Today the OAS is opening a meeting that risks transforming its irrelevance into opprobrium.
The OAS has long ceased to be a useful institution. Its last glimmer of utility came when it wrote the Inter-American Democratic Charter (IADC) and used it against Fujimori. Since then times have changed and the OAS has closed its eyes to human rights abuses in Venezuela, and questionable practices of the governments of Bolivia and Nicaragua.
Now in San Pedro de Sula we might be on the verge of seeing the IADC gutted of any signification as there is strong talk of accepting Cuba back into the OAS.
In English I can provide you with three links of general info. First, the editorial of the Washington Post which takes no punches on underlying how grave it would be to allow Cuba again, without conditions, into the OAS. As for the meeting opening, the challenges faced by Hillary Clinton as she lands in San Pedro de Sula. And from the Hill how Congress is starting to get concerned.
I agree with the Washington Post that the handshake of Obama with Chavez followed by nothing did embolden most Latin leaders to forge ahead and speed up the return of Cuba. Yet, the momentum gained is rather amazing. Is it a reflection on how the new US administration is seen as toothless as of the world crisis and its engagement in Iraq? Or, more charitably, is it because Latin leaders think that an evolving Cuba will reach the democratic shores faster from within the OAS?
To understand this it is important to know that most if not all Latin American leaders have a secret or even sub conscious admiration for Castro. Not for his regime necessarily but for the man since in our "tradition" of strong men he represents the epitome of success, the guy who has managed to remain in control of a country for the longest of times, possibly ensuring his transition long enough to see, so to speak, mausoleums build to his glory. In short, Fidel Castro has succeeded better than some notorious dictators such as Gomez, Francia or Porfirio Diaz. When you see Uribe scheming for what would be a disastrous third term for Colombia, you know that I might not be exaggerating at all.
As such friendly relations with Cuba have always been used by any Latin American government to protect itself somehow from its political left flank while allowing for a cheap point against the US as needed. This was very handy at times of economic troubles where attention on difficult negotiations with, say, the IMF, could be dissimulated by inviting Fidel to visit or protesting loudly the US embargo. As such since the 70ies Latin America has been the great enabler of Fidel, including Venezuela who renewed long ago relations with Cuba even though it was Venezuela's Betancourt that engineered the expulsion of Cuba in 1962.
Today, after the oil prices storm, the subsequent crash and the ability of Chavez to pervert democracy not only in Venezuela but in Bolivia, Nicaragua, Ecuador and possibly a couple more of countries in the next 2-3 years, defense of democracy is simply not as sexy as it used to be. Not that it was that hot ever, by the way, even from the US who started defending democratic values above everything only since Carter (even though this one was prompt in supporting Chavez later in life).
Today as the going threatens to get rough for a few countries we have a general support for the Castros who would have never wished such luck and who in addition have the luxury to say that they do not want to get into the OAS, but if they want Cuba in they would not be rude enough to refuse. Of course they want back in the OAS as it is a key condition to get money from the BID for example, now that Chavez checks are not as reliable.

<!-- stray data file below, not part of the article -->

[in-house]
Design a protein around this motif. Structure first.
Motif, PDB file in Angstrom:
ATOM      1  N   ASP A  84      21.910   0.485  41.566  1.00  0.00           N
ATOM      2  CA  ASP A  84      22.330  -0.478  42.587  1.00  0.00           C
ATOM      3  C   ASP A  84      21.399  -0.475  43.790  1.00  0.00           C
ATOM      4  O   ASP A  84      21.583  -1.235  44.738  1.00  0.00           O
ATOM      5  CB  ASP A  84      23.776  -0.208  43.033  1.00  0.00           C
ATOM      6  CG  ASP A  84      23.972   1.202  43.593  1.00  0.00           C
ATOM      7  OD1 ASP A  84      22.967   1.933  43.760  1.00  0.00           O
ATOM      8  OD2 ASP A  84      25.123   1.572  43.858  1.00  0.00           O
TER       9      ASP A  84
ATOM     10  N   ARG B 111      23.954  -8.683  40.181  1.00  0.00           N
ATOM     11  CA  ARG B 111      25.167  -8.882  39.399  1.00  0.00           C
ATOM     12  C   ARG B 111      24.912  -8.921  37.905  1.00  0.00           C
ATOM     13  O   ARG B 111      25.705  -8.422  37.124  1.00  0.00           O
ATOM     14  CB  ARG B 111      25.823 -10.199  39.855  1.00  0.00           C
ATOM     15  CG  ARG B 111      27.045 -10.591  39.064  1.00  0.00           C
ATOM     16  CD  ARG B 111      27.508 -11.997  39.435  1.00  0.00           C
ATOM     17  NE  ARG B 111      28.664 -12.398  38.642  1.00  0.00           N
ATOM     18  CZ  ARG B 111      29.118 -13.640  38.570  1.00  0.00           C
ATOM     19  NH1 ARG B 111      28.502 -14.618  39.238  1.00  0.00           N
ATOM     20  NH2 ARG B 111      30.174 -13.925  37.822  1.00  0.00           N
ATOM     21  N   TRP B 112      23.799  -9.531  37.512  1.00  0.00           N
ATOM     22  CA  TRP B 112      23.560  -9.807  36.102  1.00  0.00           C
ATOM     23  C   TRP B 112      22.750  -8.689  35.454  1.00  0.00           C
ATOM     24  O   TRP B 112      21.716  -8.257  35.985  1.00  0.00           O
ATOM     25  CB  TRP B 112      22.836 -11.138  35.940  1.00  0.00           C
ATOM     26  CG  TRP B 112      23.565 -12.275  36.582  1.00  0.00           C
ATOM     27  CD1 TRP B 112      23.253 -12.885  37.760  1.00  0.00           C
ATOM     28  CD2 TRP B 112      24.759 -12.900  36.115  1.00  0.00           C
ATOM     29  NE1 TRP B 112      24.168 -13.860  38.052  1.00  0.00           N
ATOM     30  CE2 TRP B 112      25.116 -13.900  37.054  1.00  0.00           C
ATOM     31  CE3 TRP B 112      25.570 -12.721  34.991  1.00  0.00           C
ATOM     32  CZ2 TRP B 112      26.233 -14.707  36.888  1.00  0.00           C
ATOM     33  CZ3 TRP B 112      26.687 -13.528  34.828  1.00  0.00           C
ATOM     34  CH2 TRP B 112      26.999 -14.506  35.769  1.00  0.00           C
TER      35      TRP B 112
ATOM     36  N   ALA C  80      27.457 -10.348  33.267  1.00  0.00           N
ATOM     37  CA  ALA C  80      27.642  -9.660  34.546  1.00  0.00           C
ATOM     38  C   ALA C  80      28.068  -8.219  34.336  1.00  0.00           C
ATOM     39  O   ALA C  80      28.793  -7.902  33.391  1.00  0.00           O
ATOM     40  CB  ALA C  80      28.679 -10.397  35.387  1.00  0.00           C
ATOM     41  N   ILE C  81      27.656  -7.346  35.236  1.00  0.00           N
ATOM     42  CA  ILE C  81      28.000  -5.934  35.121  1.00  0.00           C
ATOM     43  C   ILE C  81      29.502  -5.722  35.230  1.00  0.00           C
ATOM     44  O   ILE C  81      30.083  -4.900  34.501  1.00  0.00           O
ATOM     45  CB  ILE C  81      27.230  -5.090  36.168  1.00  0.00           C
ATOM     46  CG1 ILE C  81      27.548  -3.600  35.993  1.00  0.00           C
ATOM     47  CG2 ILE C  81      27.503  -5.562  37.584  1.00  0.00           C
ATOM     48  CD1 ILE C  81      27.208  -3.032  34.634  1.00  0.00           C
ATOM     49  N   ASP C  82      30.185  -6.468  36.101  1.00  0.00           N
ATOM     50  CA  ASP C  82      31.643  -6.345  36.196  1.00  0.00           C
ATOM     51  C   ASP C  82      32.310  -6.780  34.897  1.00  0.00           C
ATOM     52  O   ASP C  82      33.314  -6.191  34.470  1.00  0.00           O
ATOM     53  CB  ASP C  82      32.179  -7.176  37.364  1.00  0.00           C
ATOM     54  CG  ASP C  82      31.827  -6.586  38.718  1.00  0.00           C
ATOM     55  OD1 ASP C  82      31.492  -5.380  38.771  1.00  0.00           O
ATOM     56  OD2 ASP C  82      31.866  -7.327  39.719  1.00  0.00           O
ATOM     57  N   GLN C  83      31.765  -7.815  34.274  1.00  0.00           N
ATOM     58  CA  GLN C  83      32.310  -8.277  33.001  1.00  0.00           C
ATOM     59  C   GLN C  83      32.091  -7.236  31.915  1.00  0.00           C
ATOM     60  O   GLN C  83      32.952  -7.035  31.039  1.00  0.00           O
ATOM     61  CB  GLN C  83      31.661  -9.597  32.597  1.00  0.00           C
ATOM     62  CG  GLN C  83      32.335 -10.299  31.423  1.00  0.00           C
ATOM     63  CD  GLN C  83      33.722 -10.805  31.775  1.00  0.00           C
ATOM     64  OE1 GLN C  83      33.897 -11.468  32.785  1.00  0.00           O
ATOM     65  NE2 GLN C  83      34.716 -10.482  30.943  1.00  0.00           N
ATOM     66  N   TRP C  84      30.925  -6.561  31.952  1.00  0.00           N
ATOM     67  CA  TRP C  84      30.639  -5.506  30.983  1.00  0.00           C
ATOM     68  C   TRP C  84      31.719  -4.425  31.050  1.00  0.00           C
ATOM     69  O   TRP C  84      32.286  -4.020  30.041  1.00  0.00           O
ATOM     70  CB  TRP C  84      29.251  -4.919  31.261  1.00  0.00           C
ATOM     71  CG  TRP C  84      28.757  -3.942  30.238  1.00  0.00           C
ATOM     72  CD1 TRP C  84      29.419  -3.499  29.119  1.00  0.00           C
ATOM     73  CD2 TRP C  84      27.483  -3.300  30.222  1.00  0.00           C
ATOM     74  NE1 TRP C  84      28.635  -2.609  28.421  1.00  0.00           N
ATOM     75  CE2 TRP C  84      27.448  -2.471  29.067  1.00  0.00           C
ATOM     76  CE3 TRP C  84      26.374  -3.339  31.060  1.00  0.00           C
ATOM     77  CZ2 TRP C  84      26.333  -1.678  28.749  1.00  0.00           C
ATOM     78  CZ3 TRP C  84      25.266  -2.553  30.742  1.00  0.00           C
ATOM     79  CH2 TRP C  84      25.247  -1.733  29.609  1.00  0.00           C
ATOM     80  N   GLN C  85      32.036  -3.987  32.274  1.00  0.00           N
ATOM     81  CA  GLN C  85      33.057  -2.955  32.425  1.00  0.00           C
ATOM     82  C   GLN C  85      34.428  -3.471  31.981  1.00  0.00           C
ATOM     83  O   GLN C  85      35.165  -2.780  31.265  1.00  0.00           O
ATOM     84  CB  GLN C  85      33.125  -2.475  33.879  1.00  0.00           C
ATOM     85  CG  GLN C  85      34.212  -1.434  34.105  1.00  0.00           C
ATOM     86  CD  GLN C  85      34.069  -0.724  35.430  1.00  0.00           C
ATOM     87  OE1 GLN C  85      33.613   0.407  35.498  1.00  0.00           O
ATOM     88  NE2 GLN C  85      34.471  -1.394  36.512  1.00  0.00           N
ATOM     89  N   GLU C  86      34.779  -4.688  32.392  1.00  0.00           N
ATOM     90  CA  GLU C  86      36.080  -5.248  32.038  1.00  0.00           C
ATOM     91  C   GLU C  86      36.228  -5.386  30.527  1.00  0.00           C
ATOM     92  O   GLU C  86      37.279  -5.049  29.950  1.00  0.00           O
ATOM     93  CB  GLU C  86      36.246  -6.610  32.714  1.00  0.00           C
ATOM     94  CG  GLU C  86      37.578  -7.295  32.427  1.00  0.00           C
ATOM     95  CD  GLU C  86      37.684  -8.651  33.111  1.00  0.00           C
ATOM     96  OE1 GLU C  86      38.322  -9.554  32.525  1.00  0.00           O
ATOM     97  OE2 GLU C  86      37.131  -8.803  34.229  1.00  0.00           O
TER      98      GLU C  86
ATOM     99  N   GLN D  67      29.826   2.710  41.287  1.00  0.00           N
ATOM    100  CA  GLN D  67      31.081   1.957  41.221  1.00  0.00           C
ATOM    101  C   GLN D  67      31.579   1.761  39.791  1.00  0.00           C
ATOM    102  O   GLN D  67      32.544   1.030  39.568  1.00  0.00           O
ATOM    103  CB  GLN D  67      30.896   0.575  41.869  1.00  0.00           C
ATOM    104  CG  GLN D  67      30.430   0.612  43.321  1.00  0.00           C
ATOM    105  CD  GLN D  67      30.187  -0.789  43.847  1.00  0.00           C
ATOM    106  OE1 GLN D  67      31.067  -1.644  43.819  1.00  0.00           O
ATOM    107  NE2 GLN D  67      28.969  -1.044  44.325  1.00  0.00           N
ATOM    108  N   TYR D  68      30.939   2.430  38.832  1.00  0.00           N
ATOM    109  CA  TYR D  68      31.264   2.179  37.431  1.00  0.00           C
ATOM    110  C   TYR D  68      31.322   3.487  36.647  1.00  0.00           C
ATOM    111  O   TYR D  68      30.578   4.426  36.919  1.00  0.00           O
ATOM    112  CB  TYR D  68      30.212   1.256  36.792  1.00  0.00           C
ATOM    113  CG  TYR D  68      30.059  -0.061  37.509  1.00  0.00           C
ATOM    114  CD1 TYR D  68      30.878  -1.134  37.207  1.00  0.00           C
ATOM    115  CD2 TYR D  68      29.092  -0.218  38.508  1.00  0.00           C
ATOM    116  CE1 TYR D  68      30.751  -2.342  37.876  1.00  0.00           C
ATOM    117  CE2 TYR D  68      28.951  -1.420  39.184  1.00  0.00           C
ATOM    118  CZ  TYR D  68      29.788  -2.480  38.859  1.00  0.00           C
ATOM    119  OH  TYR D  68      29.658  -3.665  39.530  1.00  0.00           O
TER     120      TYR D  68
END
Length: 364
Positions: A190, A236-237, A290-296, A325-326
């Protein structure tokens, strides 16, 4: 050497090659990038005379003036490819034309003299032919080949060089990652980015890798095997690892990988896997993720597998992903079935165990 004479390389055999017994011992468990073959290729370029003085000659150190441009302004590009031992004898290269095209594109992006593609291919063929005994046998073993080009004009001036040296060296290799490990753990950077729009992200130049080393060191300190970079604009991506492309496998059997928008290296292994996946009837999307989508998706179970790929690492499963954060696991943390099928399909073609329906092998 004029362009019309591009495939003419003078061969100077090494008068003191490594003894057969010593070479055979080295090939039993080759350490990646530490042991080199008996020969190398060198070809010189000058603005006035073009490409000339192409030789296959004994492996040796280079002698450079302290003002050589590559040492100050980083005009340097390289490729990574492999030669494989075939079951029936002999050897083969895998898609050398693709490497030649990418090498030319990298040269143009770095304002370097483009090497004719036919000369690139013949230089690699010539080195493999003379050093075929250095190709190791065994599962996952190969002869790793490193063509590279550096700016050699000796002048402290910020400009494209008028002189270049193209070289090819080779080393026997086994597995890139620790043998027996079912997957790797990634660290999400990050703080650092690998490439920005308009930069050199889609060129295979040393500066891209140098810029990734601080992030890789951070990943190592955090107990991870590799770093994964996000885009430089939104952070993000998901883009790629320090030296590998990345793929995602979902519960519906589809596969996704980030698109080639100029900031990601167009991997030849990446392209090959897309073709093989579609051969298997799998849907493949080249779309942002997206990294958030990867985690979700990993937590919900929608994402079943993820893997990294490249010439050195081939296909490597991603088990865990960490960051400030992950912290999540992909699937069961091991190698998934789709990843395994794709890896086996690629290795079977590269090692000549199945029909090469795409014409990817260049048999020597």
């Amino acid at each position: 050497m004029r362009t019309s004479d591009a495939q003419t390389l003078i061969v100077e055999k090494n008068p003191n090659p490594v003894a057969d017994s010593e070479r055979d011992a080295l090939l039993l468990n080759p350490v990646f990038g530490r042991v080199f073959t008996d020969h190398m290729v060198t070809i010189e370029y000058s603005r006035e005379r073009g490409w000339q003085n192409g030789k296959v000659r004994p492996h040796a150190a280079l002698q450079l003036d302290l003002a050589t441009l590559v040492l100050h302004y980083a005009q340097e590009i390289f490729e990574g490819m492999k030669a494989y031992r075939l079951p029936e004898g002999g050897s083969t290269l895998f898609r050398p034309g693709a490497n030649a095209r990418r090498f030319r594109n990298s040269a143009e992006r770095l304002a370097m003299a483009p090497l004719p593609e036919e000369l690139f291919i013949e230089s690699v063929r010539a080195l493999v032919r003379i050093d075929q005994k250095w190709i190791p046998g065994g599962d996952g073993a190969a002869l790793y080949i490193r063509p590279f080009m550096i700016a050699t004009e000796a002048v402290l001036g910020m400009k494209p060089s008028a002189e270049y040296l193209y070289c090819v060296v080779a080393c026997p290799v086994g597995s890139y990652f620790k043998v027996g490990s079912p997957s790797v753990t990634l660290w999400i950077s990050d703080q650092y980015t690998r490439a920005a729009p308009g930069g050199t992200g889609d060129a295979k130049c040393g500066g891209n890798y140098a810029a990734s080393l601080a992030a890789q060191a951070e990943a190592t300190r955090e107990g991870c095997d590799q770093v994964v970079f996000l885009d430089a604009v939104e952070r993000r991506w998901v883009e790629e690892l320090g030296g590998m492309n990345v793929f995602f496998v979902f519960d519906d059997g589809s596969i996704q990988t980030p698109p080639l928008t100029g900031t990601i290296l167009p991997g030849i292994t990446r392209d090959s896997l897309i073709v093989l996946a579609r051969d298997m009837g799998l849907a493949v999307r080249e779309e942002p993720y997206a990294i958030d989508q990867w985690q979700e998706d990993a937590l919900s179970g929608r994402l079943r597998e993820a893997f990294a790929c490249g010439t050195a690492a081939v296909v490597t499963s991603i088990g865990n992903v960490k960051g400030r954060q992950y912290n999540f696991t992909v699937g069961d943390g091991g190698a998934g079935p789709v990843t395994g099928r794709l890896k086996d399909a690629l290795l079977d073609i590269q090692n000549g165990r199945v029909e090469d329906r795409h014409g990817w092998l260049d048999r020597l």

Thus we have nostalgic fools of the left such as Lula or Bachelet supporting the return of Cuba, together with crass leftists like Chavez or Ortega, but also joined by people that should know better like Calderon, all under the now grotesque role of OAS secretary Insulza who booted out of a political future in Chile is trying to retain his OAS seat even if gutting the OAS of any value is the price to pay.
This is leaving the US to scramble for 12 out of 34 possible votes to avoid a return of Cuba. Who could be those responsible countries? Few, as Canada is not even to be relied on when Cuba is the talk. If the US decided to tighten the democratic screws it could line up at best Canada, Colombia, Peru, Trinidad, maybe an Island or two, maybe one Central American country.
I have no advice to give President Obama and Secretary Clinton, but at this stage they should cut their losses and walk away of the OAS who is not going to be of any help whatsoever in solving the real problems of the US, namely North Korea, Iran, Iraq, the crisis.
Just like Port of Spain was, San Pedro de Sula is yet another trap for the young administration. Obama did not fall into the trap in Trinidad though later inaction made this irrelevant. However in Honduras falling into the trap could be better for the long term interests of the US. The United States should not be afraid to ask for a vote on Cuba admission and lose it. But doing it, the United States should explain clearly why it votes against the return of Cuba and why the OAS is failing in its mission to preserve and promote democracy. And thus the US will confront the weak like Lula and Bachelet and even Calderon to the fact that they will publicly support a dictatorship. That is the best the US can do right now to stir the democratic feeling in Latin America, to create a revulsion among the complacent elites so that they react before it is too late and help elect worthy leaders.
No matter what the US does in Honduras it will hold the losing end. Might as well make the best of it and think long term. If things get ugly the US can even stop funding more than half the budget of the OAS and let Chavez pick up the tab. Let's see how that will work out for the OAS...